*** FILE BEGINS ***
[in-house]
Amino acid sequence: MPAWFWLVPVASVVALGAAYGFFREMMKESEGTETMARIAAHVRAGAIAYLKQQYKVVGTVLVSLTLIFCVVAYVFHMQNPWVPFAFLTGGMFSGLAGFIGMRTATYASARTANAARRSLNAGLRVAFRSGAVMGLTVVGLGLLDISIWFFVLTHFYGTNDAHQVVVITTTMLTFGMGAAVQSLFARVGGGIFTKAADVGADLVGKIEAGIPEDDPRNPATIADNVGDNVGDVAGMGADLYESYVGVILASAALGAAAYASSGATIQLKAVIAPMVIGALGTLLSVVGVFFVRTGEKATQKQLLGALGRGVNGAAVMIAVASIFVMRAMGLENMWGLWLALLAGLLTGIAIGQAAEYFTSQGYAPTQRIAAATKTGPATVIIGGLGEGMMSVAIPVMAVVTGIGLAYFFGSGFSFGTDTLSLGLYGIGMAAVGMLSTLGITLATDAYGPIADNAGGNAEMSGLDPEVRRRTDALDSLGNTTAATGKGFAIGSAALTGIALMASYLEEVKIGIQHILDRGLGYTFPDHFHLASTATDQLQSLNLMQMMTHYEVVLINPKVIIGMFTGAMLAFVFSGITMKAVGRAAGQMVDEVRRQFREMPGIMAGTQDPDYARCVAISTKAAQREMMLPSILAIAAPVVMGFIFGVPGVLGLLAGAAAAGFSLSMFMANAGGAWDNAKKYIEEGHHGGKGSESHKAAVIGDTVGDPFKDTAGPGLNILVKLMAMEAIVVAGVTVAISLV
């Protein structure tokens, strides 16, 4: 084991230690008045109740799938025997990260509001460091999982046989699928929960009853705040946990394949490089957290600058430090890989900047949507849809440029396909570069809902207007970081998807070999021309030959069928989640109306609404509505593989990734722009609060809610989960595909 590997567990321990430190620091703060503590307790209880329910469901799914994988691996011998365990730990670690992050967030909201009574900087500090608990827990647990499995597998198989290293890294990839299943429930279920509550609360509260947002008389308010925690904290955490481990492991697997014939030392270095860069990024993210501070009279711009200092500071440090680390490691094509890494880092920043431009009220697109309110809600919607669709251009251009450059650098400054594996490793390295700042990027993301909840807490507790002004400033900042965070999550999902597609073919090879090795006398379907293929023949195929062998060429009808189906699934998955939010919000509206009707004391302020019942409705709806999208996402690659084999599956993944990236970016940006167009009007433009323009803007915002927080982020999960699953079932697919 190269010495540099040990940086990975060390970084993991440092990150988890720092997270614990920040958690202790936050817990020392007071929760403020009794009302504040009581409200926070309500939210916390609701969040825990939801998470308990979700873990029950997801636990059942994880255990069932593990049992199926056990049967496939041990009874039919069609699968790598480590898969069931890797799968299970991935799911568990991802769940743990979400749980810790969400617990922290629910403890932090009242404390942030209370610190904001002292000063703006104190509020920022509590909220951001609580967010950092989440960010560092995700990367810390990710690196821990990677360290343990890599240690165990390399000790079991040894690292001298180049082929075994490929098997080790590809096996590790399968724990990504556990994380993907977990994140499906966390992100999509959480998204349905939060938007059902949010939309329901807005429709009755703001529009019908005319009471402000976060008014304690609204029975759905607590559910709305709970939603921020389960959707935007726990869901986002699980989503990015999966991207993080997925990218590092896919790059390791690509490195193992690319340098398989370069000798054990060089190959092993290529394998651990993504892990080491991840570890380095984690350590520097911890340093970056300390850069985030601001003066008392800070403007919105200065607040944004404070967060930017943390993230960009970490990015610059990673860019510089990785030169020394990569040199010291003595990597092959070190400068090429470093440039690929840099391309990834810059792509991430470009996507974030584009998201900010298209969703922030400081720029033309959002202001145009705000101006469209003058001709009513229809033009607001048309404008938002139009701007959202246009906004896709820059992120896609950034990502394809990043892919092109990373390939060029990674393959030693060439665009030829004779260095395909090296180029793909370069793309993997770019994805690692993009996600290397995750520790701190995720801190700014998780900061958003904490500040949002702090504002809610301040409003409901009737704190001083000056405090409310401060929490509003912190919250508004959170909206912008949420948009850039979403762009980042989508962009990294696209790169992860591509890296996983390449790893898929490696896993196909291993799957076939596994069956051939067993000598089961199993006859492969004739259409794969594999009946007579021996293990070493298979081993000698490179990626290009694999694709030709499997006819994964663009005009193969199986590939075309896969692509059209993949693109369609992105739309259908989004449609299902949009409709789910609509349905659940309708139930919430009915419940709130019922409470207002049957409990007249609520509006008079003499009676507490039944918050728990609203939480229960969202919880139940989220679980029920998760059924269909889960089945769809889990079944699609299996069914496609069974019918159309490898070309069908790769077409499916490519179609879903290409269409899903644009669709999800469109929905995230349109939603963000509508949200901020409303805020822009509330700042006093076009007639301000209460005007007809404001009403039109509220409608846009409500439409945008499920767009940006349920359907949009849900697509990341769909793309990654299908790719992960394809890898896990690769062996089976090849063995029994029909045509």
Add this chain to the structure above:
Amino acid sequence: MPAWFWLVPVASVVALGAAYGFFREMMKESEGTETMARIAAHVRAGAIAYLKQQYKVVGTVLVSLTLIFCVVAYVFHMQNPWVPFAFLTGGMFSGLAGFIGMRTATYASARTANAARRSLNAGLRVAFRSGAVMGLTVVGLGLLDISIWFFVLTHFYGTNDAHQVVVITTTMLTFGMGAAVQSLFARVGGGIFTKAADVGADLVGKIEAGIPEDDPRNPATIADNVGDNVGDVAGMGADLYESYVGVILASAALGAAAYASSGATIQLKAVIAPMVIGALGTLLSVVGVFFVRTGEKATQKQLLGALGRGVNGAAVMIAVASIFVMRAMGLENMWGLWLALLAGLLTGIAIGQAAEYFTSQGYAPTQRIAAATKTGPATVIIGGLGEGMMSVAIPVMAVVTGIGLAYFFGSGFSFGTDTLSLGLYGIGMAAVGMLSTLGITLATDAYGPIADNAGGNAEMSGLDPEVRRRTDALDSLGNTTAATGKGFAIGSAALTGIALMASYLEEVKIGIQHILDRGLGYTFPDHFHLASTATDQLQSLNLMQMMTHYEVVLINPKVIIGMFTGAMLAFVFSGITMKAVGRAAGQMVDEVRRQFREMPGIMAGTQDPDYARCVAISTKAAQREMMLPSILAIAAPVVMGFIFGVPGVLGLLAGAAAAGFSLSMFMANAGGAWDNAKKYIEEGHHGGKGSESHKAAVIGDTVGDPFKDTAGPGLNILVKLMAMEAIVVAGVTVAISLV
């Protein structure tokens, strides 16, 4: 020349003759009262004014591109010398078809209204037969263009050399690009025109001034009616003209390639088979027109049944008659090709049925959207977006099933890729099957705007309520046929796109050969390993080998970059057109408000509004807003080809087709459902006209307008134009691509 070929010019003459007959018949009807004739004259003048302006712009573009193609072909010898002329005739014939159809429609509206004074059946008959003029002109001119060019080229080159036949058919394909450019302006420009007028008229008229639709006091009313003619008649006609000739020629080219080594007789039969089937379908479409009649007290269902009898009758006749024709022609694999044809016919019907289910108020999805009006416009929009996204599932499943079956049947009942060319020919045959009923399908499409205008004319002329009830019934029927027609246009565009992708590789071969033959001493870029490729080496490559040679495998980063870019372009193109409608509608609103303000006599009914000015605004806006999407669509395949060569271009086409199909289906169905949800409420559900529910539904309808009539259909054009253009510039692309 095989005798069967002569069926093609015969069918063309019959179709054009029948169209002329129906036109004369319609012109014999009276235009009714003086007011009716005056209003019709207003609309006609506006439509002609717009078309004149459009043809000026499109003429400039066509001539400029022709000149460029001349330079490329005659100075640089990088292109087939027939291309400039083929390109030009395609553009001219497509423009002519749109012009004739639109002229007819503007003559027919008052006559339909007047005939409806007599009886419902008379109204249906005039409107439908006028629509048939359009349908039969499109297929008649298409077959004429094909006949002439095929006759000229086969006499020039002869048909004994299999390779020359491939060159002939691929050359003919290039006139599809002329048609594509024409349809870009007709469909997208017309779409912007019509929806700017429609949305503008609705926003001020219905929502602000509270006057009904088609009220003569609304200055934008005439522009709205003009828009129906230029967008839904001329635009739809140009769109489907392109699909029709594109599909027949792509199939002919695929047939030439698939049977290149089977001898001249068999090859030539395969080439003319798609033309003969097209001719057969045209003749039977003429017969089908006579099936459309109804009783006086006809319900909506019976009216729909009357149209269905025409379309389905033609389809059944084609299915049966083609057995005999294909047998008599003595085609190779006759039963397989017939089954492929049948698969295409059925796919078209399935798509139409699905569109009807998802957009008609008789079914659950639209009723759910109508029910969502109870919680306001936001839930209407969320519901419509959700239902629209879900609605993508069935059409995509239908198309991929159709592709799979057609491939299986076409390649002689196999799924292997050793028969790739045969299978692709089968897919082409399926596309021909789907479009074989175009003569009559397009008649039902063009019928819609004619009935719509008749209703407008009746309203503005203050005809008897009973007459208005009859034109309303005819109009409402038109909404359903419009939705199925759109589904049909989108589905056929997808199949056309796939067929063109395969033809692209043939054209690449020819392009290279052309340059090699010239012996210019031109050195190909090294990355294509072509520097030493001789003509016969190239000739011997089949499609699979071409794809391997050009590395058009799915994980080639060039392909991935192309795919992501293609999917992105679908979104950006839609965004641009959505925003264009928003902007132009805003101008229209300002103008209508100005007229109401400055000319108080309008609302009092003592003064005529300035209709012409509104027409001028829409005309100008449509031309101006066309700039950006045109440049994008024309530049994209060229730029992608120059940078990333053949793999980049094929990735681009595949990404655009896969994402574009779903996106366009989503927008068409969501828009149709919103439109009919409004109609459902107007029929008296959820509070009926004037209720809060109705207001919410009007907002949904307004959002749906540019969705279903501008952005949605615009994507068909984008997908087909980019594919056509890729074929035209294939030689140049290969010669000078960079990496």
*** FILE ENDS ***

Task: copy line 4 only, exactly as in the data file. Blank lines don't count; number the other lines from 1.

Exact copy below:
Add this chain to the structure above: